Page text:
Niqab and burqa-wearing women in Quebec will now be required to remove their face coverings or be denied service when engaging in activities such as riding the bus and going to the library. The ban, which became law Wednesday in the Canadian province, is specific to face coverings worn when giving and receiving public services, meaning it extends to people working in medicine, education, and other professions.
Bus drivers and authorities expressed confusion about how the law would be implemented. The legislation doesn't specify how the law should be carried out, and what specific repercussions women would face if they refused to comply with the ban. Although the law goes into effect immediately, the details on enforcement may take months to flesh out.
Amid claims that lawmakers were targeting Muslim women with the legislation, Quebec Justice Minister Stéphanie Vallée said the law encompasses non-religious face coverings, such as those worn at protests.
Muslim women made up only 3.1 percent of the Canadian population in 2011, according to the Canadian Council of Muslim Women (CCMW), and niqab and burqa-wearing women within this group are an even smaller minority. A study in 2013, which drew from interviews with 81 niqab-wearing women across Canada, sought to dispel myths about the garment, finding for example that most overwhelmingly wore a face veil of their own accord.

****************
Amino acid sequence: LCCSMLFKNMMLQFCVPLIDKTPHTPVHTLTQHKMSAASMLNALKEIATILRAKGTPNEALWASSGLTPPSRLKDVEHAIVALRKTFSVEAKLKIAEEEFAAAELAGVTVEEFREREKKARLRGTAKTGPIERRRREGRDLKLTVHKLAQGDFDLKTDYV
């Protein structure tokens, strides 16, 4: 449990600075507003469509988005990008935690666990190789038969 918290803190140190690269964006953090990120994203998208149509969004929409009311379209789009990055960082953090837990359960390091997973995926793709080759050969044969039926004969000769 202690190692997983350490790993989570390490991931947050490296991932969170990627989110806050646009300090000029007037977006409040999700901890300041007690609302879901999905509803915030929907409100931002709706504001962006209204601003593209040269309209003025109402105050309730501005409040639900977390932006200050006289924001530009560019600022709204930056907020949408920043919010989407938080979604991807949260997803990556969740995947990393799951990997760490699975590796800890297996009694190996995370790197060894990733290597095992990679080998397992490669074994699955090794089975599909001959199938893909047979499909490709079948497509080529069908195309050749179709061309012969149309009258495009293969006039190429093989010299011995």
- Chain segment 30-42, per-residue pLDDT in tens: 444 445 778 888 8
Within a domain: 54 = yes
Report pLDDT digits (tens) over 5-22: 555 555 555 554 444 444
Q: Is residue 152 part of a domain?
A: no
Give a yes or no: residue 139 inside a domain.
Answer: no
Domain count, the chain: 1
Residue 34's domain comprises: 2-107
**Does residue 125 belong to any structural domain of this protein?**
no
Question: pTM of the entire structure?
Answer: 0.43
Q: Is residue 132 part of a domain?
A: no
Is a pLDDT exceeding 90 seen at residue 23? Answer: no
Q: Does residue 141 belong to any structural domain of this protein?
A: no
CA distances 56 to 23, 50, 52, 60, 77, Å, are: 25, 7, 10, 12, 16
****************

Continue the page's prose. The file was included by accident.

Behind misconceptions about Muslim women who choose to wear a hijab, niqab, or burqa are startling statistics pointing to a rapid rise in Islamophobia in the region. Hate crimes against Muslims in Canada increased by 253 percent over the course of four years, between 2012 and 2015.